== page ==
Charities: what’s coming your way in 2018?
As we hurtle towards the end of the financial year, Toni Hunter, George Hay Chartered Accountants, considers just what charities might expect from 2018…
Changes to charities Annual Returns
Following a consultation with charities during Autumn of last year, The Charity Commission has made changes to the content of the Annual Return for 2018 (AR18) which must be completed by any charity with an annual income exceeding £10,000.
The Commission has said that the changes will bring about an easier user experience and will be far more proportionate, in relation to the size of the charity, than has previously been the case. It has decided not to ask charities for the following information:
• if they are claiming rate relief for the premises that they use
• the amount of gift aid they have claimed (charities are already required to declare whether they are registered for gift aid, and the Commission will ask charities to provide their HMRC number)
Though this information will still be required for regulatory purposes The Commission has recognised that it may be obtained from other sources in the first instance.
AR18 will, however, ask charities to provide information about the total remuneration received by staff members, including salary, bonuses, pension contributions, private health care and other benefits in kind, some of which will be made public thereafter. Charities must also provide information about their highest paid employee, but this will not be made public.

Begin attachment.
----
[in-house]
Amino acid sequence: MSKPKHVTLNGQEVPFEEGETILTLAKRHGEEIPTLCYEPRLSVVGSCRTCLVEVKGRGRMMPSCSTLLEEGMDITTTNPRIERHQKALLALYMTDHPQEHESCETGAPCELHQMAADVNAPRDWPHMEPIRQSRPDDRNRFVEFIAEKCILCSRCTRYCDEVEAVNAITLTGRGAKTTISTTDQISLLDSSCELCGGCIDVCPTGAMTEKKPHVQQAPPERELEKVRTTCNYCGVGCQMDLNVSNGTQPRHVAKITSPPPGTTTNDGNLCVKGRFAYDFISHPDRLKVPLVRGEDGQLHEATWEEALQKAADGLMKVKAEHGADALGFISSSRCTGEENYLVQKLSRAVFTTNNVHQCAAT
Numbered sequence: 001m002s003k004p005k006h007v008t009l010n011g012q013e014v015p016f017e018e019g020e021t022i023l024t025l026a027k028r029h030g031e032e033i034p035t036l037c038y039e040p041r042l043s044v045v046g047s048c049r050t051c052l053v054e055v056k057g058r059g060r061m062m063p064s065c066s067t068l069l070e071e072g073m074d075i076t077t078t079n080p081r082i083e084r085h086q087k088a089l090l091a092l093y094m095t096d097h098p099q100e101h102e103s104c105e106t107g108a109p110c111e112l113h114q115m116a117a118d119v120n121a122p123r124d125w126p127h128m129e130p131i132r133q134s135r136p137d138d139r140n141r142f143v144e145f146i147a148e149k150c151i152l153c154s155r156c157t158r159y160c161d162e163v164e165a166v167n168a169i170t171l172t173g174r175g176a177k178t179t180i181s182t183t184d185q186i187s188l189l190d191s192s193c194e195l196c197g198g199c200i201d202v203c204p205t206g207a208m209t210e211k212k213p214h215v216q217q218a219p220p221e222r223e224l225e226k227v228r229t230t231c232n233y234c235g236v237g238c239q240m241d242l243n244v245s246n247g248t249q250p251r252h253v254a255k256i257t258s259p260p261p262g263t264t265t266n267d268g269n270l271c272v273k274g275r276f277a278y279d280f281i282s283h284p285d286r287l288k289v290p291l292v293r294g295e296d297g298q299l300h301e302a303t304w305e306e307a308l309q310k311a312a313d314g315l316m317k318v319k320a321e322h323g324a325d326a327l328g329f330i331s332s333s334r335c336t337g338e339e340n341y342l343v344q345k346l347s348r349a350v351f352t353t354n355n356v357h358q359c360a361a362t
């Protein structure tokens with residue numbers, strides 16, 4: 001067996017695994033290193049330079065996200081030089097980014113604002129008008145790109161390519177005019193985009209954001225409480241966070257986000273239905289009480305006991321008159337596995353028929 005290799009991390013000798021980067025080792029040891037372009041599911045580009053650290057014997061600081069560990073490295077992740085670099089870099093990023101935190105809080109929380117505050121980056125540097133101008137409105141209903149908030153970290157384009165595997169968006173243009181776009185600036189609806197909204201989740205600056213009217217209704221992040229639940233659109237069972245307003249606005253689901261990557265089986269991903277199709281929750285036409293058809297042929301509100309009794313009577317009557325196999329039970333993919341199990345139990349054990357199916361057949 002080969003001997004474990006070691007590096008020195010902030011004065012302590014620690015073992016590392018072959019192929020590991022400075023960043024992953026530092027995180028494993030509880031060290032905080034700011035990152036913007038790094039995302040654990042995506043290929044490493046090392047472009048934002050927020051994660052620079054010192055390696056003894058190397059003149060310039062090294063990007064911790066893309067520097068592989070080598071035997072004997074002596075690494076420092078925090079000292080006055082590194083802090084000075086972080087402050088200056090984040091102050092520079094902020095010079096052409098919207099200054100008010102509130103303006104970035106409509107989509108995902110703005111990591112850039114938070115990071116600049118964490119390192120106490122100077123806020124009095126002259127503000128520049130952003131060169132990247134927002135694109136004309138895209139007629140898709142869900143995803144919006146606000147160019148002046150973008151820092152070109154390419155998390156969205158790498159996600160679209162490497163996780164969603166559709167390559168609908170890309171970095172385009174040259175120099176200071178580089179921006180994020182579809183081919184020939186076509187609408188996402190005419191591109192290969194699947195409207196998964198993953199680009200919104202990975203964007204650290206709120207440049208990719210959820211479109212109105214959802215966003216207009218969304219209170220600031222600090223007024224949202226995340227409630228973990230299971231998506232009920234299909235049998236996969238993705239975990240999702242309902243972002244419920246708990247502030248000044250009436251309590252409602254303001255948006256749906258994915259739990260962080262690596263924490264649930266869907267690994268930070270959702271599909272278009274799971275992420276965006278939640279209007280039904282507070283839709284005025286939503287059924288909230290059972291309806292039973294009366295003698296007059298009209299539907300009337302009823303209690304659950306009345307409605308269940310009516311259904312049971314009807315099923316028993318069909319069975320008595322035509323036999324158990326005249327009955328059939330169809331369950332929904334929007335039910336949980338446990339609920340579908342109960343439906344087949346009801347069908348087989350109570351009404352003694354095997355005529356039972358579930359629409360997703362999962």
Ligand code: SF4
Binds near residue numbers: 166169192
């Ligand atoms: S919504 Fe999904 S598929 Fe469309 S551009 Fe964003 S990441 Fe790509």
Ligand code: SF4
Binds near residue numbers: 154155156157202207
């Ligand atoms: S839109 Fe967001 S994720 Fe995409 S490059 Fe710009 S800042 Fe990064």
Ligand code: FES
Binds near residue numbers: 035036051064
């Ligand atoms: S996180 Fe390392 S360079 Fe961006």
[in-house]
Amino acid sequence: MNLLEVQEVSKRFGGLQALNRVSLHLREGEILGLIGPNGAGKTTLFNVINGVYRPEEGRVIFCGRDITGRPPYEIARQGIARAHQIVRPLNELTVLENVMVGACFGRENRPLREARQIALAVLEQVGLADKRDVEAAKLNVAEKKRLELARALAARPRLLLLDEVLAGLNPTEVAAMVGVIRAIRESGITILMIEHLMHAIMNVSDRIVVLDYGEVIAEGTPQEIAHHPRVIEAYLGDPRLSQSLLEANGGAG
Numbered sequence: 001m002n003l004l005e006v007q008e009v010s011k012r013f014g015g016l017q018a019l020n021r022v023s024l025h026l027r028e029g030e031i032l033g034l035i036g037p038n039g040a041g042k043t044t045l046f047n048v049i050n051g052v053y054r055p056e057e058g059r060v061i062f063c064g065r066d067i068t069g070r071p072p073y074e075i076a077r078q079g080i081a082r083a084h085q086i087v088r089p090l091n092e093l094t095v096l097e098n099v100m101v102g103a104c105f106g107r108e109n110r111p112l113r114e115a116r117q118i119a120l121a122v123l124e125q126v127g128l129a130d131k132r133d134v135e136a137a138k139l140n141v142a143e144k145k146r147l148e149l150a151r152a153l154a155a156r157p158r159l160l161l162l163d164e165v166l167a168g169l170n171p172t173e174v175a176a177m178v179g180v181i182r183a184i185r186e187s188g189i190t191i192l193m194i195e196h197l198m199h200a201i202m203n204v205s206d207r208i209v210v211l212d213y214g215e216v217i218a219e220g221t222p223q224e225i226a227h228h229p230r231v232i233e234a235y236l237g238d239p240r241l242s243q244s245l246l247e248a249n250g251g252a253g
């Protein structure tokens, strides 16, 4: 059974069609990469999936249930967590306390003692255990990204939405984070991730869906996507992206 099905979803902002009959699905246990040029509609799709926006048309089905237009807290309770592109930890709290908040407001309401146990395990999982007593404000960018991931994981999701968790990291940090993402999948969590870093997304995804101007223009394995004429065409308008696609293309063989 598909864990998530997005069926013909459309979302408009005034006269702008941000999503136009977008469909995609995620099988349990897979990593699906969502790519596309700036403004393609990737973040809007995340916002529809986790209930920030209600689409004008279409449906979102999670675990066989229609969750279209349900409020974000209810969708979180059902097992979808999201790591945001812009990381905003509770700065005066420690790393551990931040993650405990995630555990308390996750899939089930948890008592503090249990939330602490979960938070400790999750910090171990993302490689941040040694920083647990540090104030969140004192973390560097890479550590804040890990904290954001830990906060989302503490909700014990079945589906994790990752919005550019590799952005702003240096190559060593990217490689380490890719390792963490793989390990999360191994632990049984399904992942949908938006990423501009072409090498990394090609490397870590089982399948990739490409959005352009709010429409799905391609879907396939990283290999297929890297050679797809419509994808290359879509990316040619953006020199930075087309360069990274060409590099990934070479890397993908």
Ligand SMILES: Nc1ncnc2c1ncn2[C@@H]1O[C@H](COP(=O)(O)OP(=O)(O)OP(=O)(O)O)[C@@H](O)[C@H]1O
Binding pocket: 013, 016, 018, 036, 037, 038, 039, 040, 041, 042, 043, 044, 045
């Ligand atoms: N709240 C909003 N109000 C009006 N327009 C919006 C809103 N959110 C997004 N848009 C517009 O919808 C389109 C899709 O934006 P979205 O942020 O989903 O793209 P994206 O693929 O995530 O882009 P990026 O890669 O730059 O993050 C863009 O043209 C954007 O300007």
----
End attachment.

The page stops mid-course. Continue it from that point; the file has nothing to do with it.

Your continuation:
The Commission has published the formal regulations underpinning the AR18 and is currently developing the digital service that will support it. It expects to be able to make the return available to charities within the next four months. More information can be found on the Government website here
Where will funding come from?
The wider economy, as always, will continue to impact upon charities and not-for-profit organisations. The effects of enduring pressure on public finances are likely to have sizeable ramifications for charities who principally rely on grants and contracts provided by the Government. Not only this but, as the cost of living increases for all of us and households up and down the country begin to tighten the purse strings, charities may find raising funds a painstaking task as people’s disposable income declines.
Looking ahead to a post-Brexit Britain, the first Budget following the election last year did very little to inspire confidence within the sector. Charities had hoped for more in the way of strategic interventions, encouragement and support from the Government but, instead, were left feeling largely ignored and still very much in limbo.